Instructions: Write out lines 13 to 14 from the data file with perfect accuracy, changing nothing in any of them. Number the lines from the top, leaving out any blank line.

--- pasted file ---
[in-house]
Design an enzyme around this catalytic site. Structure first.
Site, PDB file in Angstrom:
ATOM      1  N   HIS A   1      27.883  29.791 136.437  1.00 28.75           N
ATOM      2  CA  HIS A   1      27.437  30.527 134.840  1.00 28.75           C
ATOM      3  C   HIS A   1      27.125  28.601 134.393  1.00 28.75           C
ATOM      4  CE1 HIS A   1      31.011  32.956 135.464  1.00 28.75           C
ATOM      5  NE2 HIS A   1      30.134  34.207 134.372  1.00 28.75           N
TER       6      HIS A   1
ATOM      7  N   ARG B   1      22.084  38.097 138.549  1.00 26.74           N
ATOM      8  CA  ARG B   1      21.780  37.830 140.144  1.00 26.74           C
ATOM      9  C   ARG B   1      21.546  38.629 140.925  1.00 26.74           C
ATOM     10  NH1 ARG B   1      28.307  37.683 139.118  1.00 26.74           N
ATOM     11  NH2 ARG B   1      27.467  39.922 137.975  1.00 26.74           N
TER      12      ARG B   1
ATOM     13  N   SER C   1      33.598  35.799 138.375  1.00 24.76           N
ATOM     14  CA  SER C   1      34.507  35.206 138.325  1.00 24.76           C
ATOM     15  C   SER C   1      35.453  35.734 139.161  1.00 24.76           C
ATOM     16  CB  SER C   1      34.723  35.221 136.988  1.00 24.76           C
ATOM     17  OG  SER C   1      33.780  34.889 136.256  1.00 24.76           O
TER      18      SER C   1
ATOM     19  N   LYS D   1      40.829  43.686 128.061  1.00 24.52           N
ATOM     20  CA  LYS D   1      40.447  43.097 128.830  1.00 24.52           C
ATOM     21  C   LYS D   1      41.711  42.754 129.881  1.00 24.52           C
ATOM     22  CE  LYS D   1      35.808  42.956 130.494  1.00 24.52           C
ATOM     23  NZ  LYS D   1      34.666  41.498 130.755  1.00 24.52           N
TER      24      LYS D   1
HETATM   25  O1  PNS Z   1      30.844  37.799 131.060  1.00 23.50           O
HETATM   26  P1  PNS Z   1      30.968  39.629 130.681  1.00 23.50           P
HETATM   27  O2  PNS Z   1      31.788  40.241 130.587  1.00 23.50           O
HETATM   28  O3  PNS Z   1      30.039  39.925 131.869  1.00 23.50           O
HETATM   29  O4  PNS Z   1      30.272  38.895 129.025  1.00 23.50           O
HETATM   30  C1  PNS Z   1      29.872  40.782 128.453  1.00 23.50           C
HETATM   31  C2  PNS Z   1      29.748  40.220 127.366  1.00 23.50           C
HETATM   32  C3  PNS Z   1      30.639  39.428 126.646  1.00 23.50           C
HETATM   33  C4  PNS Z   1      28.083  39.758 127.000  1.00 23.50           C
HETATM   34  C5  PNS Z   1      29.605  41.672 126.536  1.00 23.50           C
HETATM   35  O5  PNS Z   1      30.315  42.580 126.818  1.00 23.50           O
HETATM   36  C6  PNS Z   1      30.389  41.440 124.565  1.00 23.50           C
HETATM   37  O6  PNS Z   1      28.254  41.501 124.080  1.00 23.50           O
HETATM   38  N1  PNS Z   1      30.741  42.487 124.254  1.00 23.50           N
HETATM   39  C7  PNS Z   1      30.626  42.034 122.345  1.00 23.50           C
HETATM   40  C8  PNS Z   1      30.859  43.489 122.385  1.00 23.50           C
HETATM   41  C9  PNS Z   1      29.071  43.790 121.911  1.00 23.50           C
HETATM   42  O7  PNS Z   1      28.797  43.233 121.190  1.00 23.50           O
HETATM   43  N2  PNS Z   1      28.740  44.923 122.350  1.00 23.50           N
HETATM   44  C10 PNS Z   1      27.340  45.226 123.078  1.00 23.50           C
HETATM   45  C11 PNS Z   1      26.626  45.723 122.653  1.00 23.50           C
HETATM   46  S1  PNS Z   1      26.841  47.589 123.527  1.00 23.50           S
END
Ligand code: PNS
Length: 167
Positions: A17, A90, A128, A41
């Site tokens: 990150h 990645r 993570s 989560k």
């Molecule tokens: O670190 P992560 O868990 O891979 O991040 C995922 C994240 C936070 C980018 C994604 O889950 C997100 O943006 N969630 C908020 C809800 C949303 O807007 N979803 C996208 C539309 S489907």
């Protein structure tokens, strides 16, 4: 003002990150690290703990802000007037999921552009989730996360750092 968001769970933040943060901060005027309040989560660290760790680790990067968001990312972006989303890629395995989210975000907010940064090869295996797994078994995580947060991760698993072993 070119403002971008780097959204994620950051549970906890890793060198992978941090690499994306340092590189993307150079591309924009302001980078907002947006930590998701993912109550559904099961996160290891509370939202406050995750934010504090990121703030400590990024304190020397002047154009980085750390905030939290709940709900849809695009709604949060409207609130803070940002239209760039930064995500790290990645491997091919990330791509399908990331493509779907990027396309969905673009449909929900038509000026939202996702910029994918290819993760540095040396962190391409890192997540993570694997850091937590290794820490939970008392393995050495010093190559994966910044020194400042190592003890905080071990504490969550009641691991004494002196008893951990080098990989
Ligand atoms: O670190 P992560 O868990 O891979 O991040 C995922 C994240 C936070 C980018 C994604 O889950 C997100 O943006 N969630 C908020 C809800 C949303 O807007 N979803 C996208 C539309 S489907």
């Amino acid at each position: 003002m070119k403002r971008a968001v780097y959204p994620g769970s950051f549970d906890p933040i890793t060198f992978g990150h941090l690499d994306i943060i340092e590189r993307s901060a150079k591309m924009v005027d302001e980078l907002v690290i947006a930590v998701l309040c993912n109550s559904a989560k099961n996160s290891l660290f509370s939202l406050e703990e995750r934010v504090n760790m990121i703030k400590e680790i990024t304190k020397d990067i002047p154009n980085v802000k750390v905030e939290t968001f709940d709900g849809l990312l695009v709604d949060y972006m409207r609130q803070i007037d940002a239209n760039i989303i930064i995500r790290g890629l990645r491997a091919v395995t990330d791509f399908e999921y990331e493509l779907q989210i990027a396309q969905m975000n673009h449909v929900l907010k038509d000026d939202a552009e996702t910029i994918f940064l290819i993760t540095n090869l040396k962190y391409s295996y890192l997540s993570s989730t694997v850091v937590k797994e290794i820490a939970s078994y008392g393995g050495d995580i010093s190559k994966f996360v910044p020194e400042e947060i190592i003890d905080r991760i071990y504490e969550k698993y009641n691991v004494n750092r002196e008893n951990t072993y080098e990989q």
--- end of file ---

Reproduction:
ATOM     10  NH1 ARG B   1      28.307  37.683 139.118  1.00 26.74           N
ATOM     11  NH2 ARG B   1      27.467  39.922 137.975  1.00 26.74           N